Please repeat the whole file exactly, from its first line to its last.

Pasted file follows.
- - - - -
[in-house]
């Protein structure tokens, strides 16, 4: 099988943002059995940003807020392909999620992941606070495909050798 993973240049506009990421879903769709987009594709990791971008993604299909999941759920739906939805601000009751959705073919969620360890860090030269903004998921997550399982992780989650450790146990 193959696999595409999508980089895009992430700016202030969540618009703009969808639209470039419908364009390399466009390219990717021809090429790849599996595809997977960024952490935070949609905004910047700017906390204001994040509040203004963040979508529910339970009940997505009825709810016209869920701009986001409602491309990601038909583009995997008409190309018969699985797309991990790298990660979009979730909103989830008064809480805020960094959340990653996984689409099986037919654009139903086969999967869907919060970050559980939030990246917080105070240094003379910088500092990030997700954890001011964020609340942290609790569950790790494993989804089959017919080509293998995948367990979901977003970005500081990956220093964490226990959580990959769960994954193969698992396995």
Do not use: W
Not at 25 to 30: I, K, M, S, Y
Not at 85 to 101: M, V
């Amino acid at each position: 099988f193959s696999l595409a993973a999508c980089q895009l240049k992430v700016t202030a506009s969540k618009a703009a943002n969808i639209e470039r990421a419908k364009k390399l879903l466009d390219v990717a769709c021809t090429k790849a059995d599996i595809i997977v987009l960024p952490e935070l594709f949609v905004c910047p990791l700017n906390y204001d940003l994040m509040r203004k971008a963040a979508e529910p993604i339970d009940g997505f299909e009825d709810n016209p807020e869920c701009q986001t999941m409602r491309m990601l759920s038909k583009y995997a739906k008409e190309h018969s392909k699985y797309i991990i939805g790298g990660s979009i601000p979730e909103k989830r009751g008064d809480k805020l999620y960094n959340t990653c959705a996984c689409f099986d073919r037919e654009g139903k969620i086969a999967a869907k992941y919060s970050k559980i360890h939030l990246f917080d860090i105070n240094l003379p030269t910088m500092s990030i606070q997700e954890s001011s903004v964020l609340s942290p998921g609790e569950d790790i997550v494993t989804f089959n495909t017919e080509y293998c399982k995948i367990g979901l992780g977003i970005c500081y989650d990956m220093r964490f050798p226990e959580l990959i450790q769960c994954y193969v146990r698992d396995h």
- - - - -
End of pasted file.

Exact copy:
[in-house]
């Protein structure tokens, strides 16, 4: 099988943002059995940003807020392909999620992941606070495909050798 993973240049506009990421879903769709987009594709990791971008993604299909999941759920739906939805601000009751959705073919969620360890860090030269903004998921997550399982992780989650450790146990 193959696999595409999508980089895009992430700016202030969540618009703009969808639209470039419908364009390399466009390219990717021809090429790849599996595809997977960024952490935070949609905004910047700017906390204001994040509040203004963040979508529910339970009940997505009825709810016209869920701009986001409602491309990601038909583009995997008409190309018969699985797309991990790298990660979009979730909103989830008064809480805020960094959340990653996984689409099986037919654009139903086969999967869907919060970050559980939030990246917080105070240094003379910088500092990030997700954890001011964020609340942290609790569950790790494993989804089959017919080509293998995948367990979901977003970005500081990956220093964490226990959580990959769960994954193969698992396995």
Do not use: W
Not at 25 to 30: I, K, M, S, Y
Not at 85 to 101: M, V
């Amino acid at each position: 099988f193959s696999l595409a993973a999508c980089q895009l240049k992430v700016t202030a506009s969540k618009a703009a943002n969808i639209e470039r990421a419908k364009k390399l879903l466009d390219v990717a769709c021809t090429k790849a059995d599996i595809i997977v987009l960024p952490e935070l594709f949609v905004c910047p990791l700017n906390y204001d940003l994040m509040r203004k971008a963040a979508e529910p993604i339970d009940g997505f299909e009825d709810n016209p807020e869920c701009q986001t999941m409602r491309m990601l759920s038909k583009y995997a739906k008409e190309h018969s392909k699985y797309i991990i939805g790298g990660s979009i601000p979730e909103k989830r009751g008064d809480k805020l999620y960094n959340t990653c959705a996984c689409f099986d073919r037919e654009g139903k969620i086969a999967a869907k992941y919060s970050k559980i360890h939030l990246f917080d860090i105070n240094l003379p030269t910088m500092s990030i606070q997700e954890s001011s903004v964020l609340s942290p998921g609790e569950d790790i997550v494993t989804f089959n495909t017919e080509y293998c399982k995948i367990g979901l992780g977003i970005c500081y989650d990956m220093r964490f050798p226990e959580l990959i450790q769960c994954y193969v146990r698992d396995h």